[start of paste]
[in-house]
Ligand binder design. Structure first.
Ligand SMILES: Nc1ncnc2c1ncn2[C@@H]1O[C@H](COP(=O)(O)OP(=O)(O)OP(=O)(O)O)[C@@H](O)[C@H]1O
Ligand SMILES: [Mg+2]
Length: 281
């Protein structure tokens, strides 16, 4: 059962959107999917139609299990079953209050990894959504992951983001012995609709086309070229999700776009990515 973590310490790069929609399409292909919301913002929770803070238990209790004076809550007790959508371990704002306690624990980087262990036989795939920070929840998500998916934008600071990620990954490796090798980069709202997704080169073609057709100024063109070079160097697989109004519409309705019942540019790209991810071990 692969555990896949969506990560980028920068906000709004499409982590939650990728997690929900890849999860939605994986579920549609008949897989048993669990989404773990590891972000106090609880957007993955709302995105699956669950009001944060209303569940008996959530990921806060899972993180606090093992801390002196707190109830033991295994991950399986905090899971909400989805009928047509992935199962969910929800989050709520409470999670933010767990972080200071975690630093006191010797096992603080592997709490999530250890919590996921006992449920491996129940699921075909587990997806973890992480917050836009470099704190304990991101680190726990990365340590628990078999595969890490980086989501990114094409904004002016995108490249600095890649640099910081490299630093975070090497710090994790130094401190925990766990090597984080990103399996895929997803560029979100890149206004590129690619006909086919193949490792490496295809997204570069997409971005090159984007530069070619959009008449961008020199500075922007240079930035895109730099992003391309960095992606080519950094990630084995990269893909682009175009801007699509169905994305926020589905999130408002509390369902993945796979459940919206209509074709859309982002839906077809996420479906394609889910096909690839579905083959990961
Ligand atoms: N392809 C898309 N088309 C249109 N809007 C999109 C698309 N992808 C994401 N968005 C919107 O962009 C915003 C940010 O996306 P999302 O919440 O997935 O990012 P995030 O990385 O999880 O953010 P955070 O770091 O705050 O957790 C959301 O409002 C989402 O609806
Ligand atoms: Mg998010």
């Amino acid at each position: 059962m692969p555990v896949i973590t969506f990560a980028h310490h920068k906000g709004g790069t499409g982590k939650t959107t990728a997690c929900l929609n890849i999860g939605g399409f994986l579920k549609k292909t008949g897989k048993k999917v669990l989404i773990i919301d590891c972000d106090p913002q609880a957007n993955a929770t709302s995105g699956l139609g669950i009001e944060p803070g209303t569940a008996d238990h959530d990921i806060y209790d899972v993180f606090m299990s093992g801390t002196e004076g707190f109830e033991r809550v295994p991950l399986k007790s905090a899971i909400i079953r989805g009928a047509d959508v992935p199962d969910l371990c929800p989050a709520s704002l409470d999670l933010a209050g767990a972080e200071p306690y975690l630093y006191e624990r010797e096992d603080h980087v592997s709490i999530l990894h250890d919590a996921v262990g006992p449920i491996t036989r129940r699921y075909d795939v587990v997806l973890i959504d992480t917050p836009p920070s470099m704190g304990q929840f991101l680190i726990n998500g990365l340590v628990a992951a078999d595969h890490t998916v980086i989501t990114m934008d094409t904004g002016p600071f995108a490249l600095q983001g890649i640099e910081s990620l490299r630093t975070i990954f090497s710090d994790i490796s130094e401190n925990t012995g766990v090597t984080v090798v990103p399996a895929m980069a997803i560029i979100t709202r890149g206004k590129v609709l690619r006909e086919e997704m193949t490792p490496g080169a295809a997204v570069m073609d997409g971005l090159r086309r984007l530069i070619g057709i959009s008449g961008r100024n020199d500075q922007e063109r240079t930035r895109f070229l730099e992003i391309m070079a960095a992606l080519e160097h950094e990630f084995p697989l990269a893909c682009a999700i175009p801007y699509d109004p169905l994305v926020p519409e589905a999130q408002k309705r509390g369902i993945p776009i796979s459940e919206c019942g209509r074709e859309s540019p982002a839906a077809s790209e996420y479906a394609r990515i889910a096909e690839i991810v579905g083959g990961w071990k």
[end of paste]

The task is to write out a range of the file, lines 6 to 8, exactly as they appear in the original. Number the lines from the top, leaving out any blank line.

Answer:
């Protein structure tokens, strides 16, 4: 059962959107999917139609299990079953209050990894959504992951983001012995609709086309070229999700776009990515 973590310490790069929609399409292909919301913002929770803070238990209790004076809550007790959508371990704002306690624990980087262990036989795939920070929840998500998916934008600071990620990954490796090798980069709202997704080169073609057709100024063109070079160097697989109004519409309705019942540019790209991810071990 692969555990896949969506990560980028920068906000709004499409982590939650990728997690929900890849999860939605994986579920549609008949897989048993669990989404773990590891972000106090609880957007993955709302995105699956669950009001944060209303569940008996959530990921806060899972993180606090093992801390002196707190109830033991295994991950399986905090899971909400989805009928047509992935199962969910929800989050709520409470999670933010767990972080200071975690630093006191010797096992603080592997709490999530250890919590996921006992449920491996129940699921075909587990997806973890992480917050836009470099704190304990991101680190726990990365340590628990078999595969890490980086989501990114094409904004002016995108490249600095890649640099910081490299630093975070090497710090994790130094401190925990766990090597984080990103399996895929997803560029979100890149206004590129690619006909086919193949490792490496295809997204570069997409971005090159984007530069070619959009008449961008020199500075922007240079930035895109730099992003391309960095992606080519950094990630084995990269893909682009175009801007699509169905994305926020589905999130408002509390369902993945796979459940919206209509074709859309982002839906077809996420479906394609889910096909690839579905083959990961
Ligand atoms: N392809 C898309 N088309 C249109 N809007 C999109 C698309 N992808 C994401 N968005 C919107 O962009 C915003 C940010 O996306 P999302 O919440 O997935 O990012 P995030 O990385 O999880 O953010 P955070 O770091 O705050 O957790 C959301 O409002 C989402 O609806
Ligand atoms: Mg998010």